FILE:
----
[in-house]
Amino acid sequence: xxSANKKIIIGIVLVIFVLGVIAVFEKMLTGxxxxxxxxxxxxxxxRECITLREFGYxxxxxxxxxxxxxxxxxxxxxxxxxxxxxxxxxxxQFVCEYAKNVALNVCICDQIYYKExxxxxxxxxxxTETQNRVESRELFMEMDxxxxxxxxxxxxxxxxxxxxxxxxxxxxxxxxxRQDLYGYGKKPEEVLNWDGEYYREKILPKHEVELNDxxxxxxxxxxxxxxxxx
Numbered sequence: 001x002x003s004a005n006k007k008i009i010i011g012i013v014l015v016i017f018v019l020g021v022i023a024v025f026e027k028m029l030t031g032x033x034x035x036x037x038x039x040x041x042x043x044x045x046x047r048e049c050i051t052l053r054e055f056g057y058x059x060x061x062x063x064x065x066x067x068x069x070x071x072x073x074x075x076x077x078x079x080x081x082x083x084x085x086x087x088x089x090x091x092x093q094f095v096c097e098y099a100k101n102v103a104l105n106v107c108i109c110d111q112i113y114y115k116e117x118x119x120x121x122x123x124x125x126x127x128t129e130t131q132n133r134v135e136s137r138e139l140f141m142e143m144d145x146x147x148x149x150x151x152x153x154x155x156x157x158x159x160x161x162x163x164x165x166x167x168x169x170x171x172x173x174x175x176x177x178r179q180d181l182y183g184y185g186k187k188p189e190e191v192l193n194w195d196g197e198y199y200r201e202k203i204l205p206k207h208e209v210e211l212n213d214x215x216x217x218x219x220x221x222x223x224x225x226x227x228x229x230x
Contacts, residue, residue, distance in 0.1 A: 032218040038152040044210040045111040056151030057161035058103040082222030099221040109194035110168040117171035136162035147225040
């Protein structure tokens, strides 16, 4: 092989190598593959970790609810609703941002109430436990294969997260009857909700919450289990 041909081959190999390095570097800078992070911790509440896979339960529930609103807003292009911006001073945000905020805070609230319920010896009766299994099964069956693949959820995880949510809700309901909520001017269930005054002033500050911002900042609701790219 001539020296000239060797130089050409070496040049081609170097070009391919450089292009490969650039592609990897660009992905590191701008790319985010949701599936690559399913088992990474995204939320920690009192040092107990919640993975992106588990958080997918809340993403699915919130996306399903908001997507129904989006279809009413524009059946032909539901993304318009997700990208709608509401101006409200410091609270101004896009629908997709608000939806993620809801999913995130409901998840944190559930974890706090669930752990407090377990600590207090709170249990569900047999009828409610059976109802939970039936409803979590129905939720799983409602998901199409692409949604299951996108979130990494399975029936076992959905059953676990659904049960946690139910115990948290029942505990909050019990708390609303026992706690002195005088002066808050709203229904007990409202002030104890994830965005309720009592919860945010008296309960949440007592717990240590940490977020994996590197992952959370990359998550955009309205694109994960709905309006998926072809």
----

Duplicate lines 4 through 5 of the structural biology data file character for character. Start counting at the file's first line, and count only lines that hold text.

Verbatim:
Contacts, residue, residue, distance in 0.1 A: 032218040038152040044210040045111040056151030057161035058103040082222030099221040109194035110168040117171035136162035147225040
């Protein structure tokens, strides 16, 4: 092989190598593959970790609810609703941002109430436990294969997260009857909700919450289990 041909081959190999390095570097800078992070911790509440896979339960529930609103807003292009911006001073945000905020805070609230319920010896009766299994099964069956693949959820995880949510809700309901909520001017269930005054002033500050911002900042609701790219 001539020296000239060797130089050409070496040049081609170097070009391919450089292009490969650039592609990897660009992905590191701008790319985010949701599936690559399913088992990474995204939320920690009192040092107990919640993975992106588990958080997918809340993403699915919130996306399903908001997507129904989006279809009413524009059946032909539901993304318009997700990208709608509401101006409200410091609270101004896009629908997709608000939806993620809801999913995130409901998840944190559930974890706090669930752990407090377990600590207090709170249990569900047999009828409610059976109802939970039936409803979590129905939720799983409602998901199409692409949604299951996108979130990494399975029936076992959905059953676990659904049960946690139910115990948290029942505990909050019990708390609303026992706690002195005088002066808050709203229904007990409202002030104890994830965005309720009592919860945010008296309960949440007592717990240590940490977020994996590197992952959370990359998550955009309205694109994960709905309006998926072809």